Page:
Cherry Angioma (Red Spot) – Causes, Symptoms And Treatment
A cherry angioma is a benign skin growth that appears as a small, smooth, cherry-red bump. They are fairly common skin growths that vary in size. They can occur almost anywhere on the body but usually develop on the trunk.
They rarely occur on the hands or feet. When they first occur, cherry angiomas are about the size of a pinhead and do not protrude above the surface of the skin. However, some grow to 1/4 inch across or more, and become spongy and dome- or mushroom-shaped. They are most common after age 40.
Alternate Names : Angioma – Cherry, Senile Angioma
Different types of Angiomas
- Spider angiomas
- Cherry angiomas
Causes of Cherry Angioma
The cause of angiomas is not known. A Cherry angiomas and are due to aging and do not have any known significance. Angiomas are more common in childhood, during pregnancy and most common after age 40 and a few can appear on anyone. When present in large numbers, the may warn of liver damage. Angiokeratomas are an overgrowth of blood vessels and skin cells. They are not dangerous.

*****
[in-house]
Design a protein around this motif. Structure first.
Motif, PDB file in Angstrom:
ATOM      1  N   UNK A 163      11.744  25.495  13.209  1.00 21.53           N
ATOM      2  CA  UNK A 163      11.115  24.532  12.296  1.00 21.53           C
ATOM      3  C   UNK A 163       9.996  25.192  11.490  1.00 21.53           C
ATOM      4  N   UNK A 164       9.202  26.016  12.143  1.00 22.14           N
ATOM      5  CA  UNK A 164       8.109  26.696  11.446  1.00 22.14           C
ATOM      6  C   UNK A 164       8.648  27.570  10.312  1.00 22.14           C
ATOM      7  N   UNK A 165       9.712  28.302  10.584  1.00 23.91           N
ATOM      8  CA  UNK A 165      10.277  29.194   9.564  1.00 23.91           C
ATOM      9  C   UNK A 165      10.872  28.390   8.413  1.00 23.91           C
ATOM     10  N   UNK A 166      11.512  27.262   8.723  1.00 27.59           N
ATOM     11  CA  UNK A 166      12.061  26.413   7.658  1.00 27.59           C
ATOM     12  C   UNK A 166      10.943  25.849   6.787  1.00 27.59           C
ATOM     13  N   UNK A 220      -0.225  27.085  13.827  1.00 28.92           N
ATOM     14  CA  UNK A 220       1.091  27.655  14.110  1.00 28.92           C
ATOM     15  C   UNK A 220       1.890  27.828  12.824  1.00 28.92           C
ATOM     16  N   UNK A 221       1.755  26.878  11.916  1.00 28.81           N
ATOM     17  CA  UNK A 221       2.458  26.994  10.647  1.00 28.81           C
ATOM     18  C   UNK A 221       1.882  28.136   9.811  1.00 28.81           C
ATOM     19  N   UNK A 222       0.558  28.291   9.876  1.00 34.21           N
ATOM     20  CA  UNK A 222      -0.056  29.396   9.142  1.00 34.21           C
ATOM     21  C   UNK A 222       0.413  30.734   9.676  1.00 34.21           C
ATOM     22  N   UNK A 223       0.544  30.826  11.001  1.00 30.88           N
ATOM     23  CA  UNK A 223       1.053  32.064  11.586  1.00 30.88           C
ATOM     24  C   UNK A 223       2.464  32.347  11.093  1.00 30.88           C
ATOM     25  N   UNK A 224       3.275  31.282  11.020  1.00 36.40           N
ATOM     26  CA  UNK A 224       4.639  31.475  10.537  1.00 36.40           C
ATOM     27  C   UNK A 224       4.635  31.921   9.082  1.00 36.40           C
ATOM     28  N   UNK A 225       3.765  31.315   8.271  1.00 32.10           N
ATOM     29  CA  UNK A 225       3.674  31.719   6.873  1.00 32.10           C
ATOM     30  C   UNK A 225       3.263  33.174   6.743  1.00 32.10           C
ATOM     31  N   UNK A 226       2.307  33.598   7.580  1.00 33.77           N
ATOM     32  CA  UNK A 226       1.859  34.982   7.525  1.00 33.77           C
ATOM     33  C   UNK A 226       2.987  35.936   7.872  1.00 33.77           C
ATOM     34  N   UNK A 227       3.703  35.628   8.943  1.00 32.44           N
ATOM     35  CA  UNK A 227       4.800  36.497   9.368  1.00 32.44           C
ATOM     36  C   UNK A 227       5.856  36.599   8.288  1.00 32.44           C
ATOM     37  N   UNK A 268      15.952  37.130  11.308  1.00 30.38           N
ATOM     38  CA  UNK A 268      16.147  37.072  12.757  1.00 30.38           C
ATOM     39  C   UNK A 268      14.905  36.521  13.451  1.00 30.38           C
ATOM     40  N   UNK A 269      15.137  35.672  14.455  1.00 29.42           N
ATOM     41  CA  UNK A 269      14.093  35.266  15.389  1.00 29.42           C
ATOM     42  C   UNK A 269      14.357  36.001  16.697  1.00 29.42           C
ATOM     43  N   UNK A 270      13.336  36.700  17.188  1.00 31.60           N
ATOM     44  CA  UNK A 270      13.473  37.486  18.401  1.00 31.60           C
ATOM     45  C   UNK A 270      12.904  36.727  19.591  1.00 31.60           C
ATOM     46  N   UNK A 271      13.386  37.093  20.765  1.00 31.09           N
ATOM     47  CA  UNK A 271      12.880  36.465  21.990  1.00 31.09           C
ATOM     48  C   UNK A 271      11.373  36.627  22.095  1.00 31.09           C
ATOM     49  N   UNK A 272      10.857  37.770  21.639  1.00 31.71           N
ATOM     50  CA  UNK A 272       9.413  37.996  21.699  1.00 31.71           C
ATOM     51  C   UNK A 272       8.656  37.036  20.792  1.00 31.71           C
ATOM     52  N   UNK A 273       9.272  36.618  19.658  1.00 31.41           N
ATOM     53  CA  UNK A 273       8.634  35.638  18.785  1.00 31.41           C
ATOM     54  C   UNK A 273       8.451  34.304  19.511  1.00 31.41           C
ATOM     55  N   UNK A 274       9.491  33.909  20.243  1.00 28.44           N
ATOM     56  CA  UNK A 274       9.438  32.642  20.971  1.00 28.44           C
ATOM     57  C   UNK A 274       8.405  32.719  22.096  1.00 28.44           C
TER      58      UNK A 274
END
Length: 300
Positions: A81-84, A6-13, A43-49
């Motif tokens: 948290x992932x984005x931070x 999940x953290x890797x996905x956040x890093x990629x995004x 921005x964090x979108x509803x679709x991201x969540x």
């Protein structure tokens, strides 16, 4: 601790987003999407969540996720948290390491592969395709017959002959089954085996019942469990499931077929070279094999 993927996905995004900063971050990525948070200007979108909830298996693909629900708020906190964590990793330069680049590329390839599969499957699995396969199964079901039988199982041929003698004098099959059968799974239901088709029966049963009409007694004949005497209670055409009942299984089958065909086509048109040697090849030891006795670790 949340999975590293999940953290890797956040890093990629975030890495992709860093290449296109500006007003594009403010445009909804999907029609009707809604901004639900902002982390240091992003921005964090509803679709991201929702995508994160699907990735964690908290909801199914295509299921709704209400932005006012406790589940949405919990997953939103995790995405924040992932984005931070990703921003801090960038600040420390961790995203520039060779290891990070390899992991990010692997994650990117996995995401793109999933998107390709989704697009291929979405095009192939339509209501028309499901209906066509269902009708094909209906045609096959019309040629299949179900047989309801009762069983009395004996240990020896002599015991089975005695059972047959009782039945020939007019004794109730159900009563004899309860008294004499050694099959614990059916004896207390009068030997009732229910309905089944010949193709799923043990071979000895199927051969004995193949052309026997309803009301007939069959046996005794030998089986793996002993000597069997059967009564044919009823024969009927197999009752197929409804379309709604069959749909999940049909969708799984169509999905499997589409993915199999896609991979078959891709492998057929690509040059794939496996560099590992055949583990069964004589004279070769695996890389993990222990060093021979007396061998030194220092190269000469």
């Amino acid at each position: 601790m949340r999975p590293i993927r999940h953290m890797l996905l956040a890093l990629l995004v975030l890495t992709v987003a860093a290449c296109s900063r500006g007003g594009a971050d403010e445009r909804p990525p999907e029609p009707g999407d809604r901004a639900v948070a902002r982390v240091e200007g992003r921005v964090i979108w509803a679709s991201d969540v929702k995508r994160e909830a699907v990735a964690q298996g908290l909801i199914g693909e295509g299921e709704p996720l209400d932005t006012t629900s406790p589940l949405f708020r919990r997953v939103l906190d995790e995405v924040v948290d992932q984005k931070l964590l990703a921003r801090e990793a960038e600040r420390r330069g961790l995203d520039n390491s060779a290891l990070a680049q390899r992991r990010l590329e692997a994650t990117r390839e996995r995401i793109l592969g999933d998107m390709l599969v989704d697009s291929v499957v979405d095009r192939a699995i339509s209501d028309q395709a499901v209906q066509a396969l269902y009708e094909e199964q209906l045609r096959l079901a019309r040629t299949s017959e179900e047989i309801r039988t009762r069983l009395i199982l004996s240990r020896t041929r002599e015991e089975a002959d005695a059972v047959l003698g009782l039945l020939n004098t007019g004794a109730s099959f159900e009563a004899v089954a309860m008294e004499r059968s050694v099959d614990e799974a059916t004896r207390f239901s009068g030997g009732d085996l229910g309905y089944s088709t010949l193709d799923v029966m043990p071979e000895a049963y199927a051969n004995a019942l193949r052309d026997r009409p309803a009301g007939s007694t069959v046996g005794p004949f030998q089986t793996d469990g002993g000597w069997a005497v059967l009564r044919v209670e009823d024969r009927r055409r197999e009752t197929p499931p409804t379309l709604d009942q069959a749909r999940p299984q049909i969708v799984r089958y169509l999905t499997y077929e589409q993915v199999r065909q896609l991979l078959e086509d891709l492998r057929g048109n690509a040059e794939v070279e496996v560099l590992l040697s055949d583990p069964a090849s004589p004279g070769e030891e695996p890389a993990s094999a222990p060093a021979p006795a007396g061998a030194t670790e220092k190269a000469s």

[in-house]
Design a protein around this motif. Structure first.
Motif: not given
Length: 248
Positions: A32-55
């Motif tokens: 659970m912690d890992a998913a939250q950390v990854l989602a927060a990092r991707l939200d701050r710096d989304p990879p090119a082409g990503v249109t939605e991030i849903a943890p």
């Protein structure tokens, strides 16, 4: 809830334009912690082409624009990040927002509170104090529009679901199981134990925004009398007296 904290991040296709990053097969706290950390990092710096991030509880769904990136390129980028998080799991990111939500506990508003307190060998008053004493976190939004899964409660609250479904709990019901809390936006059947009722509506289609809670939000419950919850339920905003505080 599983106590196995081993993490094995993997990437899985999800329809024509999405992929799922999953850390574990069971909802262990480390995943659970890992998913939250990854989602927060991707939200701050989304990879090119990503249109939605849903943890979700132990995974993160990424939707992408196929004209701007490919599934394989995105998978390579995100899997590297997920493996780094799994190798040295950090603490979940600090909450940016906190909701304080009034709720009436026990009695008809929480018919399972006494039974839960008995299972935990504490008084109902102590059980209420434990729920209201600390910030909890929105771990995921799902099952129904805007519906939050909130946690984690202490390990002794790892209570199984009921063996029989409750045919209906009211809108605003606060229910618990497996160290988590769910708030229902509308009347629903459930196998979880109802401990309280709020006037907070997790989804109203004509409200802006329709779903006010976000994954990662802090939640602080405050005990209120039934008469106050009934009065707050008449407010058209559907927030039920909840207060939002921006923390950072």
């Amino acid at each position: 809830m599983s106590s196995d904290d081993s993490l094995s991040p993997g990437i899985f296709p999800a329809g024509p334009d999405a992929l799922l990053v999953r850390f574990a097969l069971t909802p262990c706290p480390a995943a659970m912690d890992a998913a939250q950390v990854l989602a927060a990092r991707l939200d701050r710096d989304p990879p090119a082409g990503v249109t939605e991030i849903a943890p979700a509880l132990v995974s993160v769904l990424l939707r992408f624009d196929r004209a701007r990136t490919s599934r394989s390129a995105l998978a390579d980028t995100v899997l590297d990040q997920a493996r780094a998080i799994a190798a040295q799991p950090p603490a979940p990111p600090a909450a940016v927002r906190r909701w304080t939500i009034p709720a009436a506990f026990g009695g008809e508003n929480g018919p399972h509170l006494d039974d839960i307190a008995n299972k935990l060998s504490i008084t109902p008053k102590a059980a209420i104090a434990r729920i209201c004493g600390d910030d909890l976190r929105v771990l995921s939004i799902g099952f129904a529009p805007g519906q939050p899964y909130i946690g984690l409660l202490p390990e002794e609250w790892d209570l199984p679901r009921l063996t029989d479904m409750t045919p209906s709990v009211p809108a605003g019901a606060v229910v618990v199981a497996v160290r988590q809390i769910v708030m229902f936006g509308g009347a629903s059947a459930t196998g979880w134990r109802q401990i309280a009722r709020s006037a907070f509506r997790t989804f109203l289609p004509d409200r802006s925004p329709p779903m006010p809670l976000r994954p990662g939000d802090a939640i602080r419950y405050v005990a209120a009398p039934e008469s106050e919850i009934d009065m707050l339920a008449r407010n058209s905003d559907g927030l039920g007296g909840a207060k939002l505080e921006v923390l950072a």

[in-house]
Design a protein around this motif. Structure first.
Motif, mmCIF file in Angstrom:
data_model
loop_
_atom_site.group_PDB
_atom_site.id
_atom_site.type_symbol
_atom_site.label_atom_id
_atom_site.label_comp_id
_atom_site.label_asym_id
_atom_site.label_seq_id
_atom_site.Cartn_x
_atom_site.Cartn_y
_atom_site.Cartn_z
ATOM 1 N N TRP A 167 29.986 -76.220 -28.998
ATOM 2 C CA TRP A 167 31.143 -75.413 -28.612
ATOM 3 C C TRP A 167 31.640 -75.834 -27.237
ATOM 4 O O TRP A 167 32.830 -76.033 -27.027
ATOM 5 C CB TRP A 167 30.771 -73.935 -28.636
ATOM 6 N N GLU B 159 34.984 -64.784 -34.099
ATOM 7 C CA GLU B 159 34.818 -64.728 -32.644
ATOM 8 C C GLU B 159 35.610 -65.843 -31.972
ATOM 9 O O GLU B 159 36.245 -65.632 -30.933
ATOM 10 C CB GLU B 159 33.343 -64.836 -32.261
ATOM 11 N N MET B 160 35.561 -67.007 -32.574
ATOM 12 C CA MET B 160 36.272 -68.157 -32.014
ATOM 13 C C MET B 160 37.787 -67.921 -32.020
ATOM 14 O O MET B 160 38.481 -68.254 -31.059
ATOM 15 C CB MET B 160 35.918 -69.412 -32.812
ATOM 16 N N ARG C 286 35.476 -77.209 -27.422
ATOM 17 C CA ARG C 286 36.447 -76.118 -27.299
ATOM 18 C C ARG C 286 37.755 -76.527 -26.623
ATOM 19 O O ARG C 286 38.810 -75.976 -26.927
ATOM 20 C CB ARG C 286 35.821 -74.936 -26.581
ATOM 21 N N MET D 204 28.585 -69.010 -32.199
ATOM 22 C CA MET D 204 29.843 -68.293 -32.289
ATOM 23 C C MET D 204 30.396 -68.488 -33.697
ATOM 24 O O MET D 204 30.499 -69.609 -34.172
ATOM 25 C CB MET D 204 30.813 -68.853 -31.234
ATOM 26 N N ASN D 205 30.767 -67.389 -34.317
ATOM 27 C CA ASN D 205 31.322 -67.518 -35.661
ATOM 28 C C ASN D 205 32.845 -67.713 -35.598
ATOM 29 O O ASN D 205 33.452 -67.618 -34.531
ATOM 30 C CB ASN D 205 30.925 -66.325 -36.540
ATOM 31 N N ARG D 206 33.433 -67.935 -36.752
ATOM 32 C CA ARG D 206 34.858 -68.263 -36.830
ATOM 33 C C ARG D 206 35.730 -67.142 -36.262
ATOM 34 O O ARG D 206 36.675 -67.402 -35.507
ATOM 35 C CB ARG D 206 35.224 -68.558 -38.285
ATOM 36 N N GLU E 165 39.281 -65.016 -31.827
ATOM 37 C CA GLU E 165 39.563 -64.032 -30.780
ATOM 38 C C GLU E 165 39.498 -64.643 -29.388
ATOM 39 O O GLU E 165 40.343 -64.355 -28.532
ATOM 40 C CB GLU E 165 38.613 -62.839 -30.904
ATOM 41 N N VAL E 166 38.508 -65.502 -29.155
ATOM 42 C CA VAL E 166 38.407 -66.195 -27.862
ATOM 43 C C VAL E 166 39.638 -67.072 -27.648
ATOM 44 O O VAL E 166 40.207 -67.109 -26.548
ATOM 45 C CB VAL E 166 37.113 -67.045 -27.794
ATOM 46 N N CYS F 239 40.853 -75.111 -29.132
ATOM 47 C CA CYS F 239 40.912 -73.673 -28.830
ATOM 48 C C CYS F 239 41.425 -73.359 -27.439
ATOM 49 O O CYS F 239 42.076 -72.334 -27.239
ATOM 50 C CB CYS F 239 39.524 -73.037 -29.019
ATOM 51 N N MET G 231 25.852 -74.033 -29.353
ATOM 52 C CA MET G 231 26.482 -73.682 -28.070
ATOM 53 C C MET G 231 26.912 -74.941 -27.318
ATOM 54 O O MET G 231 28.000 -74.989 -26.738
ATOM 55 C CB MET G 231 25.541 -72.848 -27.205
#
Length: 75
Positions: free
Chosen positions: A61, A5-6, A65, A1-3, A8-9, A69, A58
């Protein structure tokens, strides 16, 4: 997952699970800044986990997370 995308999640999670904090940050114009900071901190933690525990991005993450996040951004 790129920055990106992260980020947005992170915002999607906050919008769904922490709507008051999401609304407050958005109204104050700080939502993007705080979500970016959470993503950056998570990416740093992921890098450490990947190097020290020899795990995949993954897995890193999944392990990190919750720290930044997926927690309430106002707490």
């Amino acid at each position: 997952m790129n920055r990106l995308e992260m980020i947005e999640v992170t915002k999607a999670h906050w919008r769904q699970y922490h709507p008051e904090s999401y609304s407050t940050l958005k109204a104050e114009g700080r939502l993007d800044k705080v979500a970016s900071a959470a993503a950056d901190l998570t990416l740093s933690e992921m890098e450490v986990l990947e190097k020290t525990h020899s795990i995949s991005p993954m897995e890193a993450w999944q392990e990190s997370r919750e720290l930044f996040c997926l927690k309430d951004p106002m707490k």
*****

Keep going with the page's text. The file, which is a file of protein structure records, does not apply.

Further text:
Symptoms of Cherry Angioma
There are some Symptoms of Cherry Angioma
- Small – pinhead size to about 1/4 inch in diameter
- Bright red
Treatment of Cherry Angioma
Cherry Angioma can be treated with electrodessication, liquid nitrogen or laser.
- Electrodessication : Electrodessication consists of touching the skin with an electric needle and destroying the blood vessels that make up the tumor.
- Liquid nitrogen : Liquid nitrogen is a cold, liquefied gas that is sprayed on the skin with a spray gun. This works by freezing and destroying the tumor of blood vessels.
Laser : Laser uses a beam of concentrated light.